A succession of dialogues: François-Marie Luzel and his contribution to the Breton folktale
journal contributionposted on 12.07.2019, 13:53 by Michael WilsonMichael Wilson
François-Marie Luzel (1821–95) was one of the most significant French folklorists of his day and champion of Breton culture. He mainly collected folk tales in his native Lower Brittany and published prolifically, including three volumes in the monumental Contes populaires series, published by Maisonneuve and Charles Leclerc in 1887. On the one hand, Luzel was a man of his time, adopting the philosophies and approaches of his fellow folklorists and antiquarians. However, many of his methods, in particular his insistence on authenticity and fidelity to the spoken word, and his realization that traditional cultures are enriched and preserved not through cultural isolation, but by interaction with other cultures, seem out of step with the attitudes of many of his contemporaries and rather seem to anticipate twentieth-century developments in folk tale collecting practice. Furthermore, Luzel often courted controversy and regularly came into conflict with many of his colleagues in the Breton cultural and political establishment around his insistence on publishing in French and his attitude towards the literary ‘Unified Breton’ and the associated debates around what constituted an authentic Breton culture. This article will place Luzel in his historical context and explore his approach to collecting and publishing his folk tales and the controversies that he courted. It is followed by a companion piece – a new translation of one of Luzel’s tales – ‘Jannic aux deux sous’ (‘Tuppenny Jack’) – a Breton variant of ‘The Frog Prince’.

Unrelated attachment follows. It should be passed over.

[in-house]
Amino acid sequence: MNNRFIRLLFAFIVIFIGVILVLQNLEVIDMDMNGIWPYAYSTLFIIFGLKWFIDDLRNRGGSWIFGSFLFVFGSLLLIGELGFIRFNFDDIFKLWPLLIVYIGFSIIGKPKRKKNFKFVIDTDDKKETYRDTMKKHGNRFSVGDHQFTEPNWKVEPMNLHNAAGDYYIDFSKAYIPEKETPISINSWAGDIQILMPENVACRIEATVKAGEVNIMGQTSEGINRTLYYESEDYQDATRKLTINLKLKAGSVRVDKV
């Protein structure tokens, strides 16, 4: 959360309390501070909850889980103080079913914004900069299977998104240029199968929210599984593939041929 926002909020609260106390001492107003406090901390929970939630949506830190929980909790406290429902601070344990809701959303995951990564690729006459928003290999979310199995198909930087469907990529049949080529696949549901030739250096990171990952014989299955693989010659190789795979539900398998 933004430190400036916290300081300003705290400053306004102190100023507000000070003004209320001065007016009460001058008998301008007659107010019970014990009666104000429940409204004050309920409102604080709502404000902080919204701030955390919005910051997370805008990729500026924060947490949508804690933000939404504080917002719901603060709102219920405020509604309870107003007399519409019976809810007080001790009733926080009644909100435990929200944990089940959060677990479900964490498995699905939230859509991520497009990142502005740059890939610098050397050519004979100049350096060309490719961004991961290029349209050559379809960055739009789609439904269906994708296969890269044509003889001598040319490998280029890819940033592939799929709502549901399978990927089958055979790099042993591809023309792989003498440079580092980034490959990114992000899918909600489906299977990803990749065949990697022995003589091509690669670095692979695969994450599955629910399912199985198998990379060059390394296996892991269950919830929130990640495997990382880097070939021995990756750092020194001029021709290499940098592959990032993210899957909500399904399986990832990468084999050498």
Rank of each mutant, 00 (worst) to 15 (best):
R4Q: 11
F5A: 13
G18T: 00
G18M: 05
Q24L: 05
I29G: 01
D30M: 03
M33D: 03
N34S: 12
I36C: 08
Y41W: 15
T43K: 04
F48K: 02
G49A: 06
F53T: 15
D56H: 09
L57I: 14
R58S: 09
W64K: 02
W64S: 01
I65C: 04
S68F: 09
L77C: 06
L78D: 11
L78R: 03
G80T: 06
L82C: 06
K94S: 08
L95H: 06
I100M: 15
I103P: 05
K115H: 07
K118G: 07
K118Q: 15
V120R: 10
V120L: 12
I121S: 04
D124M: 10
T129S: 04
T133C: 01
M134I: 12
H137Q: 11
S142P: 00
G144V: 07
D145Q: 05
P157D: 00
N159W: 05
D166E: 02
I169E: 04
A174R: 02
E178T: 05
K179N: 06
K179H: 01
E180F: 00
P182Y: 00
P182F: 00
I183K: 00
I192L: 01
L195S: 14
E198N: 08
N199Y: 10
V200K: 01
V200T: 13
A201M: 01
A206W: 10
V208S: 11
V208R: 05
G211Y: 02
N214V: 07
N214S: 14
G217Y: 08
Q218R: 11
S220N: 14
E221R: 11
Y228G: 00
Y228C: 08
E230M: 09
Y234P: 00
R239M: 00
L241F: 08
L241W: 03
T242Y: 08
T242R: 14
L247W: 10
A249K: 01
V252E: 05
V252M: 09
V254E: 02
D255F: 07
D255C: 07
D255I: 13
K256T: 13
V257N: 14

- The Arts, English and Drama
- English and Drama